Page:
Because I never knew my grandmother and never even saw pictures of her prior to about 2000, I am very grateful to have discovered a few of them. One we have been unable to identify when and where it may have been taken. The confusing elements are the long dress, which would place the time period as early, her double chin but with dark hair indicating she is probably between perhaps 33 and 38. Her face in this photo is similar to one taken in the 1930s but her hair at that time had quite a bit of gray in it. Hamp and Mellie appear to be holding a female child of six months or so. The family group sheet provided by Aunt Madge indicated their last child was a daughter named Rachel who was born about 1914 and who died about 1914. Mellie would have been approximately 35 at the time of Rachel’s birth, which might fit the time frame of this picture.
As can be seen by the 1920 Monroe County, Mississippi census below, two more children were born to the family between 1910 and 1920, Rex and Leroy. They were still in Mississippi in 1910 when Rex was born and they were back in Fayette County when Leroy was born. Hamp’s 1918 World War I draft registration indicated they had moved to Marion County, Alabama as did a 1919 Quit Claim deed for their Itawamba County, Mississippi property, which was apparently signed and notarized in Marion County. The Quit Claim deed also provides evidence they bought property following the 1920 census when they were just renting. According to this 1920 census (the columns to the left of center) they purchased their farm with a mortgage (the O and M). All of the children but Leroy were attending school.
My father told me he left home when he was 15; since he was 15 on this census, he must have left soon afterward. From snippets of information gleaned from listening to my aunts (all daughters-in law), the family must have moved to McClain County, Oklahoma about 1925 and lived someplace between Noble and Purcell. My father, although he considered himself to have been on his own, apparently wished to be near his family and so moved to Oklahoma; he didn’t graduate from high school but, according to Aunt Ruby, he did attend a business college in Oklahoma City.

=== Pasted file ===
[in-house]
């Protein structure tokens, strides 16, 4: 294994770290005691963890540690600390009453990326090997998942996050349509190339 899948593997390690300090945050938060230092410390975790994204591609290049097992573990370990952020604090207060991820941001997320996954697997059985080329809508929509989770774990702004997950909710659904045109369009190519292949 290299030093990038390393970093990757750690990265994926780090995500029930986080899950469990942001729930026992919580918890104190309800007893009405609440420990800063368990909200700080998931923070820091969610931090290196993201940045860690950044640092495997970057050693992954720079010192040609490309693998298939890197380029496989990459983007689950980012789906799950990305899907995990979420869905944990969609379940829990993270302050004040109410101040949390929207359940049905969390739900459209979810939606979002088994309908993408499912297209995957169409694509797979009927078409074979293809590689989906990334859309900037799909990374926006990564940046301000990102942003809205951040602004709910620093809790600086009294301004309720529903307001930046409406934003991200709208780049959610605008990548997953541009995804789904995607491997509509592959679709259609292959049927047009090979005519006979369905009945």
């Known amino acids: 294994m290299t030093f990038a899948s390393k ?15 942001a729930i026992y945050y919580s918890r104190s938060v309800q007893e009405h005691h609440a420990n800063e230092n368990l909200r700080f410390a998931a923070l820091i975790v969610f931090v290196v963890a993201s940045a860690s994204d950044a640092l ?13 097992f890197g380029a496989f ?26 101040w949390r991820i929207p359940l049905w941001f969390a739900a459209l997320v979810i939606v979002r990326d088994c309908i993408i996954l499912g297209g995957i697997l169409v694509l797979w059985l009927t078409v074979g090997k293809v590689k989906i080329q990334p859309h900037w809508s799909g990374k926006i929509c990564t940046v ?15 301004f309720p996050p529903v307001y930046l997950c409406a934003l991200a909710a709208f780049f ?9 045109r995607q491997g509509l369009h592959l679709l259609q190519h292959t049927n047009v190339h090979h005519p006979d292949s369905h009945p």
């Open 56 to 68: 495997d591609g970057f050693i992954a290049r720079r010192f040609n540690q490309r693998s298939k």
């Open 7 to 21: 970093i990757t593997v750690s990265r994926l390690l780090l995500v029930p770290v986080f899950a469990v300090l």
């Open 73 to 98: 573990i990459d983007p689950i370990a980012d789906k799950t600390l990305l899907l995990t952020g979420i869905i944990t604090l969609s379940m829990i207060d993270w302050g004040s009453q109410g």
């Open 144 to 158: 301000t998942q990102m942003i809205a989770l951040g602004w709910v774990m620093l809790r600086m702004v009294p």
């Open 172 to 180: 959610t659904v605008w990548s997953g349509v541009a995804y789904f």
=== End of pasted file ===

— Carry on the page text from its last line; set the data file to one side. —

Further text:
Sometime before the 1930 census, Hamp, Mellie and Ruth, Rex and Leroy all moved to Hockley County, Texas in the small community of Smyer. Franklin was already married, as were Johnnie and Ernest and they all remained in Oklahoma. The R in the first small column indicates Hamp was renting his farm. Ruth, Rex and Leroy all met their spouses while living in Smyer. My father, who was enumerated once again with his parents, must have been visiting or passing through after leaving his job with the Merchant Marines.I have mentioned in a previous blog that Hamp and Mellie liked to go to ‘singings;’ in that blog I posted a photo of them on their way to a day of shaped note or Sacred Harp singing as well as explaining what is meant by Sacred Harp singing.
A 1936 Oklahoma City city directory listed Hamp and Mellie as living in Oklahoma City although they didn’t live there long; Franklin and his wife and children as well as daddy were all living at the same address. Hamp and Mellie soon moved to Noble in Cleveland County, Oklahoma. My daughter, Kay, who has done several through-the-years photo compilations of her grandparents and great-grandparents did one of Mellie, which she used in a blog about Mellie. The first photo on the left is a crop of the group photo above and the last was taken a few months before her death in 1938 – though not visible in this crop, she was on her bed with her granddaughter, Jane, who was an infant.Though in photos she generally exhibits an aura of sadness, I know my daddy loved her deeply and that he was loved by her in return; my Aunt Ruth indicated daddy and Mellie Jane had a very special bond. In spite of that bond, I don’t remember him ever speaking of her. The only picture I had ever seen of her prior to these was, as I said, in her casket. She died at 58 of rectal cancer and was buried at Noble IOOF Cemetery with Zed buried next to her four years later. My father, Franklin, Johnnie and Ernest and their wives are buried there as well.
Because I never knew her, I would love to hear stories about her life and personality from any one who knew her. I have a few cousins who were older than I was and had a chance to spend time with her and to experience a grandmother’s love from her. There may be photos available that express more of her life, character and interests than those I have seen. Sharing what we know about our ancestors can be a real treat to those who do not yet know. Please feel free to add any stories, comments or photos to add more detail to her life.
This blog was prepared as a part of Amy Johnson Crow’s No Story Too Small 52 Ancestors in 52 Weeks Challenge.